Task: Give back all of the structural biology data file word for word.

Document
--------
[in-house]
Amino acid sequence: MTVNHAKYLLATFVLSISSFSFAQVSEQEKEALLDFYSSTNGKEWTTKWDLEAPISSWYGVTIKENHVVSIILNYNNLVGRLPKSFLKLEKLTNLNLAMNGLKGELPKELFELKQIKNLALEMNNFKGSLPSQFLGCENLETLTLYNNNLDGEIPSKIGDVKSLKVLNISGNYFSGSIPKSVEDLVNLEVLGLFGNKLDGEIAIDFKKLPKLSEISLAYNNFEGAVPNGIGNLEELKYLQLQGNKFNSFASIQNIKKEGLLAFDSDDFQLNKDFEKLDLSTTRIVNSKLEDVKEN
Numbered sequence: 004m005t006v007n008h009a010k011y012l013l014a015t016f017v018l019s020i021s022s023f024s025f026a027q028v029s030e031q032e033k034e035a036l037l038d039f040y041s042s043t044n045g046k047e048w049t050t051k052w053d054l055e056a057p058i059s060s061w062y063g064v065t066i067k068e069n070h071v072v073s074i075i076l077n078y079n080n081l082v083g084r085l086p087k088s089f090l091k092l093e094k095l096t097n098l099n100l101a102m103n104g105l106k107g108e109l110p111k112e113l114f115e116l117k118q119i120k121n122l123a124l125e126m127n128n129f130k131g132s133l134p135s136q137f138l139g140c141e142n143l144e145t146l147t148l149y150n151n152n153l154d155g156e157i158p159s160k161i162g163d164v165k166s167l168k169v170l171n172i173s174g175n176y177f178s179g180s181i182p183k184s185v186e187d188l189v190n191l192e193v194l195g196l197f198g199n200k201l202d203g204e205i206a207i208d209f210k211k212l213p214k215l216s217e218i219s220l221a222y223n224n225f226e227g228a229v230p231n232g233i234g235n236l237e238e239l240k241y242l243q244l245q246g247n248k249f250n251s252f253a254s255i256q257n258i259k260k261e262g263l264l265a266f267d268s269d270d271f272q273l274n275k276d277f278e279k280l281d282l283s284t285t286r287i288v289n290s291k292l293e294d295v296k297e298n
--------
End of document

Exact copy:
[in-house]
Amino acid sequence: MTVNHAKYLLATFVLSISSFSFAQVSEQEKEALLDFYSSTNGKEWTTKWDLEAPISSWYGVTIKENHVVSIILNYNNLVGRLPKSFLKLEKLTNLNLAMNGLKGELPKELFELKQIKNLALEMNNFKGSLPSQFLGCENLETLTLYNNNLDGEIPSKIGDVKSLKVLNISGNYFSGSIPKSVEDLVNLEVLGLFGNKLDGEIAIDFKKLPKLSEISLAYNNFEGAVPNGIGNLEELKYLQLQGNKFNSFASIQNIKKEGLLAFDSDDFQLNKDFEKLDLSTTRIVNSKLEDVKEN
Numbered sequence: 004m005t006v007n008h009a010k011y012l013l014a015t016f017v018l019s020i021s022s023f024s025f026a027q028v029s030e031q032e033k034e035a036l037l038d039f040y041s042s043t044n045g046k047e048w049t050t051k052w053d054l055e056a057p058i059s060s061w062y063g064v065t066i067k068e069n070h071v072v073s074i075i076l077n078y079n080n081l082v083g084r085l086p087k088s089f090l091k092l093e094k095l096t097n098l099n100l101a102m103n104g105l106k107g108e109l110p111k112e113l114f115e116l117k118q119i120k121n122l123a124l125e126m127n128n129f130k131g132s133l134p135s136q137f138l139g140c141e142n143l144e145t146l147t148l149y150n151n152n153l154d155g156e157i158p159s160k161i162g163d164v165k166s167l168k169v170l171n172i173s174g175n176y177f178s179g180s181i182p183k184s185v186e187d188l189v190n191l192e193v194l195g196l197f198g199n200k201l202d203g204e205i206a207i208d209f210k211k212l213p214k215l216s217e218i219s220l221a222y223n224n225f226e227g228a229v230p231n232g233i234g235n236l237e238e239l240k241y242l243q244l245q246g247n248k249f250n251s252f253a254s255i256q257n258i259k260k261e262g263l264l265a266f267d268s269d270d271f272q273l274n275k276d277f278e279k280l281d282l283s284t285t286r287i288v289n290s291k292l293e294d295v296k297e298n